What is Hyperinflation?

What is hyperinflation? Hyperinflation is a terrifying term to many when it comes to the economy. It is described as very high rates of inflation that appear to be non-stop.

When hyperinflation is occurring, prices of goods and services increase dramatically resulting in significantly less buying power for the standard unit of currency. It is also important to note that the value of goods remain relatively stable when compared to each-other as well as when compared to other foreign markets. As such, hyperinflation is generally limited to specific countries and/or regions.

One thing to keep in mind is that limited amounts of inflation is generally regarded as good while hyperinflation is not. The reasoning behind the difference is rather apparent because small amounts of inflation are attributed to signs of a growing economy while hyperinflation signals too much money in the marketplace along with spiraling costs of goods and services. As a result, consumers generally have a hard time keeping up with the changes.

Economists generally agree that a period of hyperinflation has begun when the monthly rate of inflation exceeds 50%. That concept was first explained in The Monetary Dynamics of Hyperinflation written by Phillip Cagan in 1956. He continued that the period is considered to be over when the inflation rate falls below that 50% mark and remains that way for one year.

The cause of hyperinflation is generally attributed to a rapid increase in the amount of money without a corresponding increase in the output of goods and services. The government is then forced to create significantly larger amounts of money just to keep paying its bills. As it does so, the buying power of that currency continues to decrease further fueling the problem. Eventually, the local population may lose faith in that currency.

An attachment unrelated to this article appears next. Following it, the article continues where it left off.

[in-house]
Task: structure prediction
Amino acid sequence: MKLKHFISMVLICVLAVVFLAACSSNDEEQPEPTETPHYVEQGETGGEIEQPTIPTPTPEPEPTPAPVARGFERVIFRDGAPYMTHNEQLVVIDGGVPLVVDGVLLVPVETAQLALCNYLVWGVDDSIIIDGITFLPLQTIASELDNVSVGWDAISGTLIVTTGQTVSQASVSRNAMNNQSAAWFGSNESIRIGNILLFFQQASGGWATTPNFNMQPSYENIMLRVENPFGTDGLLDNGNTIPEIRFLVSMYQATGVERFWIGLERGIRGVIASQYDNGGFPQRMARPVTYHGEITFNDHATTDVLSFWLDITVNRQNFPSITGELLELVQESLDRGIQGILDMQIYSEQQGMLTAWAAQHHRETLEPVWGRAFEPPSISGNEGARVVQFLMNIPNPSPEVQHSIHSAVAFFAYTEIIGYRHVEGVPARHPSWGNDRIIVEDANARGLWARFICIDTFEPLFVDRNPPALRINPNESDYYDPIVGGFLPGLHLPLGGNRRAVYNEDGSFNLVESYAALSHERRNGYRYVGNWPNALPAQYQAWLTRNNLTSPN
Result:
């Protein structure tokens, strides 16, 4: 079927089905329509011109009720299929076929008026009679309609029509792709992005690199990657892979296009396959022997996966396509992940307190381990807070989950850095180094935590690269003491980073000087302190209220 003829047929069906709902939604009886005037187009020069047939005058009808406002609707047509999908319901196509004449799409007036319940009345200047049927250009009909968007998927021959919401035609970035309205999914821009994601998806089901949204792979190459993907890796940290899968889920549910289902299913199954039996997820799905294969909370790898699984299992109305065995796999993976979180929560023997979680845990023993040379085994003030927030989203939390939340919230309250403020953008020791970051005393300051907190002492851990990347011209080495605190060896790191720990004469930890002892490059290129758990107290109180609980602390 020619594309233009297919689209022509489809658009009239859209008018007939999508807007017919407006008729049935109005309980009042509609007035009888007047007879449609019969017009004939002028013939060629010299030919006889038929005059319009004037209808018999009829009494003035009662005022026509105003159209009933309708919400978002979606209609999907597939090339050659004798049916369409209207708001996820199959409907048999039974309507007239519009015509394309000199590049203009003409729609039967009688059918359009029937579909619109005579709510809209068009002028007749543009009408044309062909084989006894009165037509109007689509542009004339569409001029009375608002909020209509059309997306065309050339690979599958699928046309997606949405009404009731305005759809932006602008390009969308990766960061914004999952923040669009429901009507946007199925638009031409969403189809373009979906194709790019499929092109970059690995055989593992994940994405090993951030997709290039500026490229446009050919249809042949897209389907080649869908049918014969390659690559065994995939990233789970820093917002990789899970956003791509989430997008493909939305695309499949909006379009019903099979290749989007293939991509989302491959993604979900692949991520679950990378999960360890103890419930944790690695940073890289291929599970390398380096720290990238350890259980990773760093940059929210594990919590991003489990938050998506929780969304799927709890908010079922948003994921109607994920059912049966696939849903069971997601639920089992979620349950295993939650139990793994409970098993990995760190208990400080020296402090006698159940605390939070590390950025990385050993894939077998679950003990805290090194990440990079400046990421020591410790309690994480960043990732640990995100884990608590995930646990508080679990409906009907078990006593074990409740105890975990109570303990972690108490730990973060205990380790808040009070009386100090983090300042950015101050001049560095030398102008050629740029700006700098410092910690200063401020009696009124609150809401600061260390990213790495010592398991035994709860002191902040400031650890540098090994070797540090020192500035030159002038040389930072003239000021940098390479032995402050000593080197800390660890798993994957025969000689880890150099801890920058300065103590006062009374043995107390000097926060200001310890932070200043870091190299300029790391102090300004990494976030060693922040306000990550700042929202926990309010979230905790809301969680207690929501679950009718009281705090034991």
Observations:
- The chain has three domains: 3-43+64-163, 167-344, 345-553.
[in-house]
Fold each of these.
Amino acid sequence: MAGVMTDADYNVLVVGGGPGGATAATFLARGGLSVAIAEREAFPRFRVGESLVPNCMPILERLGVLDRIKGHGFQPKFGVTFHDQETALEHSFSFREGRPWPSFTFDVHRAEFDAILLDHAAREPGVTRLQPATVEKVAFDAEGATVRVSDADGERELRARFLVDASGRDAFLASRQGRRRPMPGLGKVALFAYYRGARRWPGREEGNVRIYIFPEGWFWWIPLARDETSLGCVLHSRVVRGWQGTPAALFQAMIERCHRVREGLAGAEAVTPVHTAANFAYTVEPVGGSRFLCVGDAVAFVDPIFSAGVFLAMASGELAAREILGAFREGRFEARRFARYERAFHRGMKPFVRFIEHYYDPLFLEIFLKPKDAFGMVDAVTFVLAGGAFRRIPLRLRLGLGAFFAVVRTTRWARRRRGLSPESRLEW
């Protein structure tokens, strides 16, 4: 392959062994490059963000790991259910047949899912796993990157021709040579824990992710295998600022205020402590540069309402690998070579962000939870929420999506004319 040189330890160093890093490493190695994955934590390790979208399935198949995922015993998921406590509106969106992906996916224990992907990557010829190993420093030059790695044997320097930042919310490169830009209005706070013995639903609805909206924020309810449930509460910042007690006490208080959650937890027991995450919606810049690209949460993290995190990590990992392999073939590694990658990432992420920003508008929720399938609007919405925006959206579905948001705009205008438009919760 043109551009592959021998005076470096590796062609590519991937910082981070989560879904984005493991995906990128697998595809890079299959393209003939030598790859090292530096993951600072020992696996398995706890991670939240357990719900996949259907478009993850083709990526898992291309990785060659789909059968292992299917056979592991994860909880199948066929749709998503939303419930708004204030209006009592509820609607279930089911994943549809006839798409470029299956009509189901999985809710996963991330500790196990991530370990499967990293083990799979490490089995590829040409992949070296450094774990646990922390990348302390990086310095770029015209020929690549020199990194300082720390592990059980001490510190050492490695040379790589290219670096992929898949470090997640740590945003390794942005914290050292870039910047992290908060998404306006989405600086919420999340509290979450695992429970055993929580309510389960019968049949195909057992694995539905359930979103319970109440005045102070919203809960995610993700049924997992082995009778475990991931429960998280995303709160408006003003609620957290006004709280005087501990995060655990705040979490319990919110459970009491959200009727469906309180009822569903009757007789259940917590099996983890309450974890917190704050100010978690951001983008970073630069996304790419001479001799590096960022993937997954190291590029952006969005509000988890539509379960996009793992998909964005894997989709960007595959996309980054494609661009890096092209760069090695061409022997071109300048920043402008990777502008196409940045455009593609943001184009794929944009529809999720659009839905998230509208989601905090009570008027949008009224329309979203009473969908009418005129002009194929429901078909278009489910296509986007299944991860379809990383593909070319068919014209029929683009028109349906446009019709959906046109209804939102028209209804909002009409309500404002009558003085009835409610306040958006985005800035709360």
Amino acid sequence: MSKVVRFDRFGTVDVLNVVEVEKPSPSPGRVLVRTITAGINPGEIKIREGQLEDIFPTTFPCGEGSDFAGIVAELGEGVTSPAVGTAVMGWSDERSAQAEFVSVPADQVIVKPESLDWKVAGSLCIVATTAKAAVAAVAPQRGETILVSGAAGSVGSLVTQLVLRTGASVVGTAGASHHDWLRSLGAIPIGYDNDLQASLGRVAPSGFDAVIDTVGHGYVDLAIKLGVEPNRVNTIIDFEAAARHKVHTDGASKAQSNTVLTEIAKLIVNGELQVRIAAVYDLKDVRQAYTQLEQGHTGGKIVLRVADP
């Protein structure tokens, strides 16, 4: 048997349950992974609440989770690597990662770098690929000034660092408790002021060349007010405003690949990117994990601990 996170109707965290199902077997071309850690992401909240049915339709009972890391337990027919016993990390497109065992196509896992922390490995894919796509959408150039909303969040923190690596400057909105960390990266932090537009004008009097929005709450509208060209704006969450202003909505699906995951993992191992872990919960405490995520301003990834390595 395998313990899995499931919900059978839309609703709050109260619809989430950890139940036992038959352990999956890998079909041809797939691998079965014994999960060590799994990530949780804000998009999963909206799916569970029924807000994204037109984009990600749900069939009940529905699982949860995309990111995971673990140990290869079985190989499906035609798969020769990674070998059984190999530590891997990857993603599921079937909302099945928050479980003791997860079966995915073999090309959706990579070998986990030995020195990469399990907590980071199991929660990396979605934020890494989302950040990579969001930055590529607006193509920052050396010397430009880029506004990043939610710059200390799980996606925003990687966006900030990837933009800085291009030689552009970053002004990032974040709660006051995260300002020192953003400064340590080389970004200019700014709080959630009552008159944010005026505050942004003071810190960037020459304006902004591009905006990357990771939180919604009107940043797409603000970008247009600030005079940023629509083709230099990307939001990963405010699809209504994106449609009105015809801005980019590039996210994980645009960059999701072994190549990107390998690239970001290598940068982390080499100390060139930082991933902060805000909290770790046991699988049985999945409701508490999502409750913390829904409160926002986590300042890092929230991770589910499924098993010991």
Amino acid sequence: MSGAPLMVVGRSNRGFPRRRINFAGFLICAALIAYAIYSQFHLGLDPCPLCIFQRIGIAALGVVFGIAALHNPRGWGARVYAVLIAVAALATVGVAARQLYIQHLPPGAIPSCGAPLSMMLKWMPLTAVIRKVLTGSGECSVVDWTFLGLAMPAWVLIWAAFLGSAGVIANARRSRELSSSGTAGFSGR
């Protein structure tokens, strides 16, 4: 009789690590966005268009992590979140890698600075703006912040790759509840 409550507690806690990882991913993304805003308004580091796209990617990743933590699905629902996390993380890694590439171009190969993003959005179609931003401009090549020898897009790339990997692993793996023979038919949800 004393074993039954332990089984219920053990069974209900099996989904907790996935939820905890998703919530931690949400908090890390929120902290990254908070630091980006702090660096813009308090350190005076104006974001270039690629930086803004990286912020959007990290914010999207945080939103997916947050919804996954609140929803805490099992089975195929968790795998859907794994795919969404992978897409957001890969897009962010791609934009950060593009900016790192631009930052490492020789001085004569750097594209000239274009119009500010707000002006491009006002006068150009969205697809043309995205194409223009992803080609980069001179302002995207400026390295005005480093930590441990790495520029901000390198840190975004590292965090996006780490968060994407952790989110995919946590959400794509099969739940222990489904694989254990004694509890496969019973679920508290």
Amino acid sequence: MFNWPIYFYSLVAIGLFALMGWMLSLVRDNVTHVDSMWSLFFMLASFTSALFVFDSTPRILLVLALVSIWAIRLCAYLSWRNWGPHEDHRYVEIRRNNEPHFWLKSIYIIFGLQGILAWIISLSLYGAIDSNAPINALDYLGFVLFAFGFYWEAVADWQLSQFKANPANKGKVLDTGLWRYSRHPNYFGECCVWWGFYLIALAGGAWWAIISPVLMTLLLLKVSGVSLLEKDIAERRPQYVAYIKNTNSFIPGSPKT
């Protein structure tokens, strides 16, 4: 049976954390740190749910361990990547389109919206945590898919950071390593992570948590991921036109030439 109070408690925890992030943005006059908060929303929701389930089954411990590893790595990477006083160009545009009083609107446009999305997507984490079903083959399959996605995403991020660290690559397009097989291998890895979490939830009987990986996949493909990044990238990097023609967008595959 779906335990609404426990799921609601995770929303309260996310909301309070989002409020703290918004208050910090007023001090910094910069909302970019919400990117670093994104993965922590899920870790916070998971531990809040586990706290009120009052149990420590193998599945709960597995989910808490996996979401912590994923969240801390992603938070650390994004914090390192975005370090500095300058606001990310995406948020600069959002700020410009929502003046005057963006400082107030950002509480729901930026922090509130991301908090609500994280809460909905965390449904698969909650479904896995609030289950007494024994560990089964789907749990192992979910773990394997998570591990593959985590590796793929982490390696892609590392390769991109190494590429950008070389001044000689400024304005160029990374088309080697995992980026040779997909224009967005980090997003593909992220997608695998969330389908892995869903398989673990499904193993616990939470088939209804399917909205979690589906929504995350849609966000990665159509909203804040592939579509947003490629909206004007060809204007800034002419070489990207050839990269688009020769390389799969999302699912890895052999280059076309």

An example of hyperinflation is Germany in 1923. At one point, prices of goods and services were doubling every two days as the government continued to print money. Eventually, one trillion Marks was equal to one US Dollar. Comparatively, just a few years before in 1914, a single Mark was worth one dollar.

To combat hyperinflation, a few measures can be undertaken. For one, the government issuing the currency can drastically reduce its expenditures. Another measure is to change the national currency to that of another nation. Either method is drastic, but can quickly return the country to a less traumatic state.

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